Democratic Movement-United Georgia (DMUG), led by Nino Burjanadze, and Christian-Democratic Movement (CDM), which are two non-parliamentary opposition parties, have announced about teaming up ahead of the June 15 local elections.
The announcement made this week came after founder and chairman of CDM, Giorgi Targamadze, said on March 15 that he is quitting party leadership and politics; Targamadze distanced himself from political activities immediately after the 2013 presidential election in which he garnered only 1.06% of votes.
“We are in intensive talks with non-parliamentary opposition representatives because we… should be focused on setting up a strong [opposition] force and not only for the upcoming local elections,” Burjanadze said in an interview with the Georgian daily, Rezonansi, published on March 21.
Burjanadze, who received 10.19% of votes in 2013 presidential election, said that non-parliamentary opposition should direct its efforts towards creation of a political force that will serve as an alternative to both the Georgian Dream ruling coalition and the United National Movement. Burjanadze suggested that strong non-parliamentary opposition is not in GD’s interest because the ruling coalition finds it much easier to operate in a political landscape where UNM is the major opposition force.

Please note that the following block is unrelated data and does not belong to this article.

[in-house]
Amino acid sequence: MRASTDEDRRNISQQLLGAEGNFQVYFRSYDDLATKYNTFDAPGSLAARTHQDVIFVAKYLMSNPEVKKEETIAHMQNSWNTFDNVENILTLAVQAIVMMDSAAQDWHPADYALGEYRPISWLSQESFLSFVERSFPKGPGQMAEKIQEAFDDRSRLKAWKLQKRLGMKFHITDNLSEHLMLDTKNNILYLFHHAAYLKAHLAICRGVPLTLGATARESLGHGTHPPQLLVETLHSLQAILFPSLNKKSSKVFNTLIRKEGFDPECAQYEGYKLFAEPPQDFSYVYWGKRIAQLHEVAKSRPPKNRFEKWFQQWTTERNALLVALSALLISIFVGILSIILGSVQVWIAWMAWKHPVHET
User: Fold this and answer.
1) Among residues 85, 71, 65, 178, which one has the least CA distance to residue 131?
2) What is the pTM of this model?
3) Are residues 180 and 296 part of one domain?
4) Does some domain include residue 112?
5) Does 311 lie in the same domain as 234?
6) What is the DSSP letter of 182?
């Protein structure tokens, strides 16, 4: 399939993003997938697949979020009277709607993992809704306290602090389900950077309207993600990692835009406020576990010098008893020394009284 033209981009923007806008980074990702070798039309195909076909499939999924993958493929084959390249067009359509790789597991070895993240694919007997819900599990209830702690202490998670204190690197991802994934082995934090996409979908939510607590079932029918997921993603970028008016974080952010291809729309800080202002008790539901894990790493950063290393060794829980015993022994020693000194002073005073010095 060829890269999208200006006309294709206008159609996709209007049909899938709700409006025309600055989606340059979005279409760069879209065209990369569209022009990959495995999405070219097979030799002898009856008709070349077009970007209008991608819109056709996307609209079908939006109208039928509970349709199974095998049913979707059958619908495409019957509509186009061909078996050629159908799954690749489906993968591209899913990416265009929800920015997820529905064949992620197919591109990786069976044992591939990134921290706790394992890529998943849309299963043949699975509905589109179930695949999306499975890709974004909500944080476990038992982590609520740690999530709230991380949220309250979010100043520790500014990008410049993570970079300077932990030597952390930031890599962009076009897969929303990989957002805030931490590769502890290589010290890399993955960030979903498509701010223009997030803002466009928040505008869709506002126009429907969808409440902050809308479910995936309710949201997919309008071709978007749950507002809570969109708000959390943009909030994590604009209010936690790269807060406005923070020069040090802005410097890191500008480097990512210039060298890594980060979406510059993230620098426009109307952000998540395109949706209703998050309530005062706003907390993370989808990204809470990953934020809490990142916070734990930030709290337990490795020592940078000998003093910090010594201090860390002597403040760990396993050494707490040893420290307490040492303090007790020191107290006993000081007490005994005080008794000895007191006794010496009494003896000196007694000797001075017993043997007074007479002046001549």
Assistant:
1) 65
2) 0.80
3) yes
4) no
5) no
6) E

Burjanadze said that precise shape of possible broader unity of non-parliamentary opposition parties has to be determined as a result of ongoing consultations, which, she expects, will be over within a week.
Burjanadze said that this unity should be kept beyond local elections as well.
She also said that discussions at the moment are focused on creating broader coalition and not on selecting a mayoral candidate for Tbilisi; this latter issue will be discussed only after consultations on possible broader coalition are over, she said.
Teaming up with CDM in an election bloc will give DMUG access to some of the benefits during the election campaign enjoyed by so called “qualified” parties – these are those parties, which won at least 3% of the vote by running either separately or in a bloc with other parties in the most recent parliamentary or local elections. CDM falls in this category making it eligible to free airtime for political TV ads during the campaign period.